Friday, June 22, 2007

Kurt's and My Bucking Bronco

I've tried not to think about Kurt Vonnegut's death; I still haven't decided just how great a writer he was. Slaughterhouse-Five accretes increasing significance as I age.

I never met Mr. Vonnegut (although, weirdly, I met his brother, and under interesting circumstances and at an important time), and I cannot find the quote, but I believe he spoke of male puberty--when he was 70 or so--as something like "getting up onto a bucking bronco around age 12, and only just recently being allowed to get down off the damn thing, and with relief."

Somewhen in my early twenties, I asked my father, "Dad, does it ever end?" He knew what I was talking about. "No, not yet." I asked him again ten years later--admittedly after his stroke, his ex-patriation, his heart attacks--and he did not know what I was talking about. That said, even under his burdens, it turns out that he had a girlfriend (or at least a woman that wanted to be his girlfriend).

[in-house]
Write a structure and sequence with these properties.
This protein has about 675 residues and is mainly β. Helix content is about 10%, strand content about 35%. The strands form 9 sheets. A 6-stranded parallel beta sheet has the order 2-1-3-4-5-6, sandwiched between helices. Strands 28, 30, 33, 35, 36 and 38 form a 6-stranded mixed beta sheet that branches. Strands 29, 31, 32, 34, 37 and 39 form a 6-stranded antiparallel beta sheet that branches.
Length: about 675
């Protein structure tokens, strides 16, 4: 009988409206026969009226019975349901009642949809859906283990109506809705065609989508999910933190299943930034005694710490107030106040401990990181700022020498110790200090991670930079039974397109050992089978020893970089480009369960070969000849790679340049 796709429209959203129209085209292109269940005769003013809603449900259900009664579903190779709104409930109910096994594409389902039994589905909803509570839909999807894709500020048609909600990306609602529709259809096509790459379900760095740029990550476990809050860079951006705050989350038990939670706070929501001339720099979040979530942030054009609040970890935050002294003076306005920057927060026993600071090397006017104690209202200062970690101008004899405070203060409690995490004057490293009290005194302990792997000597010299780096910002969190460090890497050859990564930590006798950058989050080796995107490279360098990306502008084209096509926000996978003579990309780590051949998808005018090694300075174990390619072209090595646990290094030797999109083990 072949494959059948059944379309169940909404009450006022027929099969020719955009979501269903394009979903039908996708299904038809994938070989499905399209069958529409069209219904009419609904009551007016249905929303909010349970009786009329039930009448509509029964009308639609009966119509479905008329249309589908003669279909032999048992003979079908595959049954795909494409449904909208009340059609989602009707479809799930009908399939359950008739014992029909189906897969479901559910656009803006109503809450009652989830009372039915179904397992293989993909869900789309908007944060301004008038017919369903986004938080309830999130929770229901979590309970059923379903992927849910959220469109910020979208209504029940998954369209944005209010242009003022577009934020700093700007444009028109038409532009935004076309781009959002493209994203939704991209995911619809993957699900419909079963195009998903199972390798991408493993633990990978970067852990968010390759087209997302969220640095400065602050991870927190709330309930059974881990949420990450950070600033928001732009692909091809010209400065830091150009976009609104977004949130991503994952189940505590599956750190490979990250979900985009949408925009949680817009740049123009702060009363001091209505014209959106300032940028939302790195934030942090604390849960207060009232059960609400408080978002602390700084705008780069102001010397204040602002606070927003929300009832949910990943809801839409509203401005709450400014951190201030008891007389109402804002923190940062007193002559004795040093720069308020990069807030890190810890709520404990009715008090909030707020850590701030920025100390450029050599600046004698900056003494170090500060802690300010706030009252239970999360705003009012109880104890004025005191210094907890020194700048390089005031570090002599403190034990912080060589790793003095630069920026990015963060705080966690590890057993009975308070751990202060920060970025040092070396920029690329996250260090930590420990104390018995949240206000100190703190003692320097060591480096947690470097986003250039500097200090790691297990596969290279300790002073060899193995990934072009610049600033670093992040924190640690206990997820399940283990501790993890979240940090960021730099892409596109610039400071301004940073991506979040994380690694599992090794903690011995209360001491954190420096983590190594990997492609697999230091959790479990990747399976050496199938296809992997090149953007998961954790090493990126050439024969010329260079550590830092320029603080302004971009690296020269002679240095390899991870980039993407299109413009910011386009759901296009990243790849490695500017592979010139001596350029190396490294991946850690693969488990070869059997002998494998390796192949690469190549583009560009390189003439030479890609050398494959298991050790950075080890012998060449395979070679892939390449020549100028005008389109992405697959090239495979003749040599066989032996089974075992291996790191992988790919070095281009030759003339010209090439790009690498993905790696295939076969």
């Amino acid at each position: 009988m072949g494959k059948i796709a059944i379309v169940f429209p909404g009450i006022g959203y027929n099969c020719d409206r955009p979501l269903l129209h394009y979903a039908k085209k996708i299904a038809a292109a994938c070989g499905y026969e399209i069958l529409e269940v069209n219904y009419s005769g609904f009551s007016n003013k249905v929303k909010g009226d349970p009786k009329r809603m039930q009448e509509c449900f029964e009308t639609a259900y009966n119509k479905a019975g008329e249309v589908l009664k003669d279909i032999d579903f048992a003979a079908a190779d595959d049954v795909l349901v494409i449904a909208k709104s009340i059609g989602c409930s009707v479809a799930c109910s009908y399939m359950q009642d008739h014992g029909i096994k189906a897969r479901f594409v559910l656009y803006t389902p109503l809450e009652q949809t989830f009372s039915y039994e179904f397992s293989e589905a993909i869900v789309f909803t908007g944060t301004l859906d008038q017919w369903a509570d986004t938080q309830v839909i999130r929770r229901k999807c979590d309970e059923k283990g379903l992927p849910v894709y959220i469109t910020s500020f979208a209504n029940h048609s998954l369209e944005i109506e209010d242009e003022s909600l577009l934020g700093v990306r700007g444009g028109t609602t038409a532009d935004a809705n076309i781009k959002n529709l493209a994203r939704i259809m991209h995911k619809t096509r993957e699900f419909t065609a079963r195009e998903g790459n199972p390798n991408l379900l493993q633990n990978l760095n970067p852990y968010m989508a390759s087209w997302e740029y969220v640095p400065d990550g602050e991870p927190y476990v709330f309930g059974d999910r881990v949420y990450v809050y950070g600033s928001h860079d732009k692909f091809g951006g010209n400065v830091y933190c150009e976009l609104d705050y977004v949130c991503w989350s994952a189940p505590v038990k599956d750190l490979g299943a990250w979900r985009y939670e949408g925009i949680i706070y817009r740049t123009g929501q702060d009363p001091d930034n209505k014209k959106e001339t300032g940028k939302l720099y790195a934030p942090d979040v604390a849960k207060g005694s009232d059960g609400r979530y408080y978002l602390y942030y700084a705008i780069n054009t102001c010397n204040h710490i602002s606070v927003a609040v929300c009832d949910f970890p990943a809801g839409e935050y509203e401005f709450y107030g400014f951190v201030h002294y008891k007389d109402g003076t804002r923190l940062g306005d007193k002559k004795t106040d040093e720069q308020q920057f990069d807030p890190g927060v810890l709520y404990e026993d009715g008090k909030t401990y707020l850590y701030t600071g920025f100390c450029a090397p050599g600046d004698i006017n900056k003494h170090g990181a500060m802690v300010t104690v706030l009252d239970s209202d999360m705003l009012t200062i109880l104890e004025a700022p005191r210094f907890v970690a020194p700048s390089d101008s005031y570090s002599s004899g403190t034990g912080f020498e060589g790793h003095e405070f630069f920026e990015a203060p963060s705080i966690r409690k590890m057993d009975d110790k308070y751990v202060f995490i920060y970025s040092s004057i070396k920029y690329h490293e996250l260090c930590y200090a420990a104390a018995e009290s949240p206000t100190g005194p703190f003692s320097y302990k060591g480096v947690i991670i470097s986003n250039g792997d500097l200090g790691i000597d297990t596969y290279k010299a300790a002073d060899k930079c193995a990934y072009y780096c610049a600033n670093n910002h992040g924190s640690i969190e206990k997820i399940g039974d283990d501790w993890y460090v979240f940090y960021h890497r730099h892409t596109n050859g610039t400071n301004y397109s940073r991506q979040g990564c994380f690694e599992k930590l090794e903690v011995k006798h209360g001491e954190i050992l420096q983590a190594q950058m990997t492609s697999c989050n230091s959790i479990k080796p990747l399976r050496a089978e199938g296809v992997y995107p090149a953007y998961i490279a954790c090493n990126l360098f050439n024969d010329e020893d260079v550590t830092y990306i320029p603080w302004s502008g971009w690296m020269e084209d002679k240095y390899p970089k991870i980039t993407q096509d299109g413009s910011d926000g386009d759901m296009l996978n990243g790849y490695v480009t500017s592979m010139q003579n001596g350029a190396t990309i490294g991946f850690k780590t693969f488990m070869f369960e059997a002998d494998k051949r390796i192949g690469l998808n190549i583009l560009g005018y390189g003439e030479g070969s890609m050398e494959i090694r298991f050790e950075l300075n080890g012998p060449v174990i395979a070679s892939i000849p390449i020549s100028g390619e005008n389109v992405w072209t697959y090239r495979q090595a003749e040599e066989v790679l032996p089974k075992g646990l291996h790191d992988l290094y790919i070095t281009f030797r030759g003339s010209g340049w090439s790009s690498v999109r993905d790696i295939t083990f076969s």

On my run this morning, I was thinking about how much to reveal--for business reasons, I do not think I will explain the extent of the handicap under which men operate, how often their minds stray toward the physical, how each interaction is assessed for its potential, even when the potential is, in reality, zero (which is irrelevant, given men's talent for compartmentalization--for good and ill--and their ability to simultaneously consider what I might as well term 'alternate universes,' i.e., situational outcomes "under other conditions").

'Nuff said. I like my job.

P.S. Went looking for the quote, found a MUCH more eloquent post regarding Vonnegut's death from Humble Viewer

The author reminded me that "Ray Bradbury will be next--he'll be 87 this August. And I'm not trying to jinx Bradbury--besides, that old Gothicist would probably be happy to see his mortality batted around like a shuttlecock. I'm simply watching the seconds tick on the deathclock of my youth."

Deathclock of my youth. Raises the hairs along my arm...

Dandelion Wine was a good one; thanks Ray.

I saw Mr. Bradbury direct a stage version of Something Wicked This Way Comes. I rode my little motorcycle over the mountains to see the show four or five times, including the pre-opening (with post-play discussion with Mr. Bradbury). The play knocked my socks off.

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